Clause 34 — Appeals within the United Kingdom: certification of human rights claims

Part of Consumer Protection (Standards of Fire Resistance of Children’s Fancy Dress and Play Costumes Etc) – in the House of Commons at 6:37 pm on 1st December 2015.

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Photo of Andy Burnham Andy Burnham Shadow Home Secretary 6:37 pm, 1st December 2015

My hon. Friend has more experience than anybody in the House of the workplaces that might be most affected by the Bill. He is absolutely right to say that unscrupulous employers—sadly, they do exist in the construction industry—will feel emboldened by the Bill. They will know that exploited people on building sites will no longer have the courage to report them to the authorities. [Interruption.] The Home Secretary says that is “desperate”, but those people are desperate and she is putting them in a worse position. She needs to think about that before she puts the Bill into law.

Another concern is about clause 34, which removes support from families—a power that the Home Office has long sought; the proposal was put to me as a Minister and piloted under the last Labour Government. The official evaluation of that pilot found no evidence of increased removals but plenty of families going underground and losing touch with the authorities. As my hon. Friend the Member for Sheffield Central said in the debate, there is also the shunting of costs from the Home Office to local authorities.

In the end, however, the question we need to ask ourselves is much more fundamental: should any child—whoever they are, wherever they come from—be denied food and clothes while they are on British soil? I do not think so and I would venture to say that most Members on both sides would, in their heart of hearts, think the same. The great irony is that it was the then Conservative Opposition—specifically, the shadow Home Office team—in the last but one Parliament who led the charge against what was then known as clause 9. They were right to force the then Government to pilot this change, and we were right to drop the whole idea once the results of the pilot were clear. If what they said was right then, why is it not right now?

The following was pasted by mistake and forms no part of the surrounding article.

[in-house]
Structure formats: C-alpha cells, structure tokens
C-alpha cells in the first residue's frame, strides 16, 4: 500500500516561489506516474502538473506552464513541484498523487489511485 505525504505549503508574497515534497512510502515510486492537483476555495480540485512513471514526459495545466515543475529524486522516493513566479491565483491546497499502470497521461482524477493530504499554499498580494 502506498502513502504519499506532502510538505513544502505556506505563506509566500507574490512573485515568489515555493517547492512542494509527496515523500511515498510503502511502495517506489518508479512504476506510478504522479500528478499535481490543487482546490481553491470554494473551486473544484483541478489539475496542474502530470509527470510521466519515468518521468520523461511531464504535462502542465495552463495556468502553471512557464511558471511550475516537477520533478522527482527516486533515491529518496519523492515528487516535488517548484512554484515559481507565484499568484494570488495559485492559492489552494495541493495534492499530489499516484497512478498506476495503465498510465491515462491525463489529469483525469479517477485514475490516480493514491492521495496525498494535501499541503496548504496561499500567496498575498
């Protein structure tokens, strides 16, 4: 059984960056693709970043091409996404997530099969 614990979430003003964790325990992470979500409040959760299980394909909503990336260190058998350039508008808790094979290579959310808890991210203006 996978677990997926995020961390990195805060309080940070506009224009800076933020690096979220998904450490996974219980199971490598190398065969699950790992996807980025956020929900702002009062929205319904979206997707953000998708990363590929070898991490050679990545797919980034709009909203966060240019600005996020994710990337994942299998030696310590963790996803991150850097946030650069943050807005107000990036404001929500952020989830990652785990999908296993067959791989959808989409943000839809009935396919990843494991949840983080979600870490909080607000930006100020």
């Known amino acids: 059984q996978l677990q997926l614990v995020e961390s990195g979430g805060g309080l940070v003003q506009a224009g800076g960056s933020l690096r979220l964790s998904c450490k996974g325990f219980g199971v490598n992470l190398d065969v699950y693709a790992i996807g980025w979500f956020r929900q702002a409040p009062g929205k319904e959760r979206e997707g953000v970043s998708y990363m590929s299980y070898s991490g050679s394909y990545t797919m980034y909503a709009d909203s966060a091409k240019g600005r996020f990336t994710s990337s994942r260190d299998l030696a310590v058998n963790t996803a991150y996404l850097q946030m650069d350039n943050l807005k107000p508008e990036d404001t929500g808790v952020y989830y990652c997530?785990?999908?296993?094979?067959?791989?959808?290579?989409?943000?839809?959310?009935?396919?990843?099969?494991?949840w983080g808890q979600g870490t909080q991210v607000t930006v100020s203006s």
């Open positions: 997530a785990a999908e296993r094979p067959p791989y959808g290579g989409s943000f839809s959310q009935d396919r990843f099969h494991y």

I congratulate my right hon. Friend Yvette Cooper on raising widely held concerns about the need for immigration rules that allow for the reunification of refugee families. She spoke powerfully about that. I hope that the Government will continue to look at this, particularly at new clause 11, which calls for a review of the rules.

Finally, I turn to the concern about the potential of the Bill to increase discrimination and erode basic rights and liberties. We live in the most challenging of times when there is no shortage of people with extreme views who seek to set race against race and religion against religion. We are legislating in a febrile climate in which discrimination can easily flourish, and this House must take great care that nothing we do adds to that. The right response to these challenges is not to erode important rights and liberties but to do the exact opposite—to protect and champion them. Given the huge backlog in the Home Office and its consistently poor record on initial decisions, the deport first, appeal later approach could undermine Britain’s position in the world as a bastion of fair play and higher ideals. Despite the evidence published by the Government, I remain concerned that the threat of imprisonment to landlords who rent flat or houses to people without immigration status could lead to discrimination in the housing market, and a greater sense among black and Asian young people that they are being victimised.

Let me end on a more positive note that gives us a glimmer of hope for the Bill’s onward passage to another place. I am pleased that the Minister, whom Labour Members have time for, has conceded significant ground on immigration detention. That has had strong support from Members on both sides, including Richard Fuller, who has Yarl’s Wood detention centre in his constituency and has long called for a more humane system.